If you need transfer credit or want to declare a major contact Professor Kate Adams, Director of Undergraduate Studies, firstname.lastname@example.org
If you need to be cleared to register for a course, speak with the professor and then email Analene McCullough, administrative secretary email@example.com
Notice! Graduate Program applicants must go to this website to apply.
Karolyn Eilertson (B.A. '17) is a Federal Law Clerk at The United States District Court. Read more about Karolyn.
Welcome to the Tulane English Department Website. At a time of political turmoil and conflicts throughout the world, we in the English Department at Tulane University still believe in the power of poetry, fiction, drama, film, jazz, hip hop, spoken word poetry, stand-up, social media, and graphic inscriptions to weave ever-expanding networks of human empathy. We are committed to a world in which the thread of linguistic meaning is carefully guarded, nourished, and enlivened.
On this website you will find descriptions of courses, professional biographies of our faculty, and details about our undergraduate and graduate curricula and requirements. If you are interested you can browse through our archived events and activities. If you choose to major in English you will experience opportunities to take small classes and work closely with tenure track, award-winning faculty. Majors can choose to concentrate in creative writing as they m\ove towards completion of their major.
If you find yourself excited by your undergraduate major remember that we offer a “4+1” M.A. program for our undergraduates with reduced tuition in their fifth year. Our external M.A. program is open to all students and draws applicants from around the country.
Undergraduates and graduate students may participate in an exciting academic community which offers:
The professors and students in the English Department study 19th century women’s literature, 19th century British feminist writers, British women’s scientific writing, African queer icons, Singapore and transnational mobility, the history of “Cool,” 19th-century Colored Conventions, violence and the psychic life of black people, disability studies, soldiers in the age of Shakespeare, city comedy in the Renaissance, the racial imaginary of the Cold War, South Africa in the cultural imagination, representations of AIDS, US culture in the Middle East, time and time-keeping in Emily Dickinson’s poetry, writings by imprisoned women in New Orleans, early modern manuscripts, slavery and Aaron Burr, pornography, modernism and its afterlives, and so much more.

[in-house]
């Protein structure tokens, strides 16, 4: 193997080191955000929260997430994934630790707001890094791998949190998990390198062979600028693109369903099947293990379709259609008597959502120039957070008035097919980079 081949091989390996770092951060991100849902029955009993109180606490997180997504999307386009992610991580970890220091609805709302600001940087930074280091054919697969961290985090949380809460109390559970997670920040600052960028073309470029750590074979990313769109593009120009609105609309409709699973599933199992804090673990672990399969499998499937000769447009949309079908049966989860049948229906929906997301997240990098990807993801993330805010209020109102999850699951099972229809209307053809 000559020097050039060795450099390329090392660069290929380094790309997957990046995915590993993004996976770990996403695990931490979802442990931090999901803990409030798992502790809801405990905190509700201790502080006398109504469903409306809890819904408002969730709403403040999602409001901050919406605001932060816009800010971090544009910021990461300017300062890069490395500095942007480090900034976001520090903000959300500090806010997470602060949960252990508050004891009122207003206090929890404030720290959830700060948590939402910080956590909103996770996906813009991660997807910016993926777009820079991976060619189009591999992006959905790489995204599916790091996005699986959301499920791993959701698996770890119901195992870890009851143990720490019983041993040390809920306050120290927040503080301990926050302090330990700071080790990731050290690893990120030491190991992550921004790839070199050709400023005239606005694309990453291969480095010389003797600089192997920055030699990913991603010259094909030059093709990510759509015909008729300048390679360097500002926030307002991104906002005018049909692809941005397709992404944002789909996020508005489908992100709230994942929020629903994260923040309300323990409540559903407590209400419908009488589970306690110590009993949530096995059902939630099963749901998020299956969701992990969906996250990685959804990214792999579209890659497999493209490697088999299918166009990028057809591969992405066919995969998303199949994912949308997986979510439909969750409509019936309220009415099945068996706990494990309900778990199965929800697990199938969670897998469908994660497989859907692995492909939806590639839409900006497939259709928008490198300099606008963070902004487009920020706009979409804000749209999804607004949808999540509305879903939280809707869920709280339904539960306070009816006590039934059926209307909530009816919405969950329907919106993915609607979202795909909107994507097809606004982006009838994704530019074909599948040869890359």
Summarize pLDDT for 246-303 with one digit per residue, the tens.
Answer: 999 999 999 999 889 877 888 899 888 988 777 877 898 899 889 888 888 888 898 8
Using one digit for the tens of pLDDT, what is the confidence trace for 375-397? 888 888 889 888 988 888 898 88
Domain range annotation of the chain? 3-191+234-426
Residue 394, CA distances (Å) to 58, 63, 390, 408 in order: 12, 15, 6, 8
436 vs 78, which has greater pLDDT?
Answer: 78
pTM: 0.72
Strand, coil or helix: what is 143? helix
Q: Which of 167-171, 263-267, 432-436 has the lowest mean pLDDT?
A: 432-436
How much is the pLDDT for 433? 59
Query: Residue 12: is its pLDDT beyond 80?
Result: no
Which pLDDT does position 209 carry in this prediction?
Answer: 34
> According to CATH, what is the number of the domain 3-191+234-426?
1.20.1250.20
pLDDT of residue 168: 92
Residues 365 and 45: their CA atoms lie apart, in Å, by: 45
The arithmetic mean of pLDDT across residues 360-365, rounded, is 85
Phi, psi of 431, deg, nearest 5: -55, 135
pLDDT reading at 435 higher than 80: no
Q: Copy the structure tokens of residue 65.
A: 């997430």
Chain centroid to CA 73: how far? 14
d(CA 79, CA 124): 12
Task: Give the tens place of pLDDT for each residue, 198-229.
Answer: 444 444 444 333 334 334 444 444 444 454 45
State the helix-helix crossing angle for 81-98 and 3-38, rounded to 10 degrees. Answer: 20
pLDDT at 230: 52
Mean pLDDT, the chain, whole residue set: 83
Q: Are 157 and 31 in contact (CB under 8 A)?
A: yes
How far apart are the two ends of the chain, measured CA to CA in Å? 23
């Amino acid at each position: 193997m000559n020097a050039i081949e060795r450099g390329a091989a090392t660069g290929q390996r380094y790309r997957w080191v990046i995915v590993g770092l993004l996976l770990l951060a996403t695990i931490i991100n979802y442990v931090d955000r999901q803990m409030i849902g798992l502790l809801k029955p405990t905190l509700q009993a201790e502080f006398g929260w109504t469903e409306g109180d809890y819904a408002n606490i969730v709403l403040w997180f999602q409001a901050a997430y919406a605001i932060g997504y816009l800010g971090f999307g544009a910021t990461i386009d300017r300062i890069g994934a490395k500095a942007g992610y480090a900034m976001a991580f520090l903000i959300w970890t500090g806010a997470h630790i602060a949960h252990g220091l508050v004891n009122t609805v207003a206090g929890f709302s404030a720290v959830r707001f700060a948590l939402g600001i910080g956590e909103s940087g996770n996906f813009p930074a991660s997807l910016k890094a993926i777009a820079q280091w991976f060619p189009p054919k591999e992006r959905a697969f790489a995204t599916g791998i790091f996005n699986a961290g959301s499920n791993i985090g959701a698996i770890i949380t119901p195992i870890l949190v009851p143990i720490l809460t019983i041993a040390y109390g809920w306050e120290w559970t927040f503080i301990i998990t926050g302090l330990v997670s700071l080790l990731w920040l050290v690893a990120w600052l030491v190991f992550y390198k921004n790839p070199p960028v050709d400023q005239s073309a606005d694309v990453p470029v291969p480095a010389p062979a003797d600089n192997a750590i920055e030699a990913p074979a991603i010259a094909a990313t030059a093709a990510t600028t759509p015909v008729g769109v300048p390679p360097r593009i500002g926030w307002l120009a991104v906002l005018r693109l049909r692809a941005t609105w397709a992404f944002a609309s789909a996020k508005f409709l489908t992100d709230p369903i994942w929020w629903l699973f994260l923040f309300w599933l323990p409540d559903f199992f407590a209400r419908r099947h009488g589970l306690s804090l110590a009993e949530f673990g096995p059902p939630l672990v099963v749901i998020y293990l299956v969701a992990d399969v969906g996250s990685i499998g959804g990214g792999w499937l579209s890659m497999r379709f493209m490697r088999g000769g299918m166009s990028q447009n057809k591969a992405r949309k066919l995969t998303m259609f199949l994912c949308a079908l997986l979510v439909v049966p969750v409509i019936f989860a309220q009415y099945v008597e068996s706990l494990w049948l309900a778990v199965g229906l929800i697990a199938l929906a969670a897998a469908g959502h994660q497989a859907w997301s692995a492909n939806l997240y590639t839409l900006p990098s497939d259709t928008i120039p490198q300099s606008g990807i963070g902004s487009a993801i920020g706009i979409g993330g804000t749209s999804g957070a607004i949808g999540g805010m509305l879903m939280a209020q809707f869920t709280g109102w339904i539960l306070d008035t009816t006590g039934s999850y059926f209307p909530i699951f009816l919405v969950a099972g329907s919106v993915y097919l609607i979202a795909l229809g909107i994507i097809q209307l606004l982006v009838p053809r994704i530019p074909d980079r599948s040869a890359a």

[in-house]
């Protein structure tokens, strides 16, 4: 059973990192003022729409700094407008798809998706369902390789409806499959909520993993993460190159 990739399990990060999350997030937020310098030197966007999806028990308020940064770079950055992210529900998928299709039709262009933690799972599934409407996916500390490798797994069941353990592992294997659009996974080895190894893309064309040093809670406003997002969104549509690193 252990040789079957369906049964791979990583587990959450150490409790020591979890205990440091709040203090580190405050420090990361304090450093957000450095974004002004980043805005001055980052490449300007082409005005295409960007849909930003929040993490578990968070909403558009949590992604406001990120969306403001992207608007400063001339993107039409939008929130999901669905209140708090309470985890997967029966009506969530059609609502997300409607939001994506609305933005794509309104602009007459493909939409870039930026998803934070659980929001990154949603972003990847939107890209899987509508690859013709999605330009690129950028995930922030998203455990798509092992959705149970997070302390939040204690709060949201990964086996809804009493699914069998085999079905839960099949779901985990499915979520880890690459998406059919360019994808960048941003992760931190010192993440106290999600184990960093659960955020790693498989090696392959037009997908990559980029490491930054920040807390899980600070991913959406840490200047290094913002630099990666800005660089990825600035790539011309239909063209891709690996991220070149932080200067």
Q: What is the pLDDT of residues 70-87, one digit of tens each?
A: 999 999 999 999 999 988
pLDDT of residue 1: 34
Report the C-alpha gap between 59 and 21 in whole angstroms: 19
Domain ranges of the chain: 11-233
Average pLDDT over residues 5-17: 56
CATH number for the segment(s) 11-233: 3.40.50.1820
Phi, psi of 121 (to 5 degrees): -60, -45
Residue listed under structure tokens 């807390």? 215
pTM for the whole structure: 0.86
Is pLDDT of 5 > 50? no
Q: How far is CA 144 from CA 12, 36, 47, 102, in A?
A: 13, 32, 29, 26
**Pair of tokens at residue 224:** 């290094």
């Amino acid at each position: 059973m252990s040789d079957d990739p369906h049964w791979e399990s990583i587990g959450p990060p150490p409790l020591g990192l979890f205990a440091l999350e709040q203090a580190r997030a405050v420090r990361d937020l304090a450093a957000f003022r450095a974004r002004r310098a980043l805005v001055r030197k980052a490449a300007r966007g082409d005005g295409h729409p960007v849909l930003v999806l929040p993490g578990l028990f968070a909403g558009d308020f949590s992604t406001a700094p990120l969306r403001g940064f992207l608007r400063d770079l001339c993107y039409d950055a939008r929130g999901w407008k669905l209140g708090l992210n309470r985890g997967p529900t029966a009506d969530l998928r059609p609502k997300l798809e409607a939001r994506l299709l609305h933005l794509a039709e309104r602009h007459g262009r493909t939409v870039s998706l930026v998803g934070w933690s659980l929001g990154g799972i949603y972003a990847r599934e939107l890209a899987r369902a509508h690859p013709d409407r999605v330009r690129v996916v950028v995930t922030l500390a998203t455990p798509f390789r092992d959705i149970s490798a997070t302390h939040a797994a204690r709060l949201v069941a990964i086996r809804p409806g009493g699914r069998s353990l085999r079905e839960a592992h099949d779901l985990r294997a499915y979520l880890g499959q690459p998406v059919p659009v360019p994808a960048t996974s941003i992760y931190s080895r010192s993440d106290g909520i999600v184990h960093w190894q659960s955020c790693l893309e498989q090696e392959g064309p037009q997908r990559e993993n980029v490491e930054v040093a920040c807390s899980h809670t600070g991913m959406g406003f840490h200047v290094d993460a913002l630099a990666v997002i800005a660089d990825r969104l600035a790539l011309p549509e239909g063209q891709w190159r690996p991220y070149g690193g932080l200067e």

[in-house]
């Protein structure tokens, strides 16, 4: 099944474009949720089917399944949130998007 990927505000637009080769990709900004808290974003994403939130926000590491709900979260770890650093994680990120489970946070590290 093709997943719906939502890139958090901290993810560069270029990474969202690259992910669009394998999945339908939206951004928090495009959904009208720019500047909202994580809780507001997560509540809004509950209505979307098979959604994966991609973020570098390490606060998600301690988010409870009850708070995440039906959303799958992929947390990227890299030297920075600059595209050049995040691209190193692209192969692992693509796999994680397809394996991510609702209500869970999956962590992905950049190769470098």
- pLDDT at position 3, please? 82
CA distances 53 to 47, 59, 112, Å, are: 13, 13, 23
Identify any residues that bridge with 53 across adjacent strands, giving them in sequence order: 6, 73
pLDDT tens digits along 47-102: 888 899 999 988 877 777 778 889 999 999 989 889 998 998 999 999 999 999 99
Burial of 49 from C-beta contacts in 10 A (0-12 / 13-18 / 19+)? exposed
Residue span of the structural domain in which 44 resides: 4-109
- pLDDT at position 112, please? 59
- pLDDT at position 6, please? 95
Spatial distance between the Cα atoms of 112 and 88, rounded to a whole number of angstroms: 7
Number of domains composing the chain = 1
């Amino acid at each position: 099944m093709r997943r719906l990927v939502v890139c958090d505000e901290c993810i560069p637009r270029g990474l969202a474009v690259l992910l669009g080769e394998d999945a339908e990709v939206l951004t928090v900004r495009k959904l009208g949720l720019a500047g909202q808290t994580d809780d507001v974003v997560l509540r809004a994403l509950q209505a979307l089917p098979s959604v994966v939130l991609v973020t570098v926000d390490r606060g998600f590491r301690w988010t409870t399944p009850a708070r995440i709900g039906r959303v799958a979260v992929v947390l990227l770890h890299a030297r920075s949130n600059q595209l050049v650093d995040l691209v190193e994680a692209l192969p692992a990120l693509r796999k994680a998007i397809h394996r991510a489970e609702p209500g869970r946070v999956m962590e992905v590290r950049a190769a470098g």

The questions we ask are as diverse as any quest for meaning must be, but one thing we all have in common is that as readers of texts we honor the imaginative field of figurative language, image, sound, and gesture. We do not read to find out what we already know but to explore the edges of what can be known. We strive to learn how to interpret and explicate difficult texts, to analyze and think critically about a world that is too often controlled by sound bites and propaganda, and to embrace the nuanced details of experience that make us human.
Look for our departmental newsletter NOTED. To see archived newsletters, go to the Departmental Newsletter & Archive page on the website. If you are an alumnus or alumna, we want to know where you are and what you have gone on to do with your lives and careers: contact us at firstname.lastname@example.org. Please let us know if you are planning a visit to the campus. We would love to see you.
Chair of the English Department
Tulane Land Acknowledgement
The Choctaw, Houma, Chitimacha, Biloxi, and other Native peoples have lived on this land since time immemorial. Their identities are inextricably connected to this place. With gratitude and honor, Tulane University and the Department of English pay tribute to the original inhabitants of this land.
The city of New Orleans was not built upon virgin soil, but merely served as a continuation of a great indigenous trade hub known in Choctaw as Bulbancha, "the place of other tongues”. For thousands of years, people lived along the Mississippi River, and Bulbancha served as a place for diverse cultures to come together. We acknowledge the grounds of our campus and the city around us as home to numerous tribes before and after the arrival of Europeans.
The tradition of community and sharing demonstrated by indigenous peoples enabled European immigrants to survive in a foreign environment and has influenced New Orleans and southeastern culture since colonization began. From food and music to art and language, Native Americans continue to leave their mark on our city and academic community.
We recognize that as a result of broken treaties and involuntary removals, Native Americans were often forced from their lands. We remember and pay respect to the communities impacted by these actions.
Yet, the resilient voices of Native Americans are still heard and remain an inseparable part of our local culture. In that spirit we acknowledge the indigenous nations that have lived and continue to thrive here.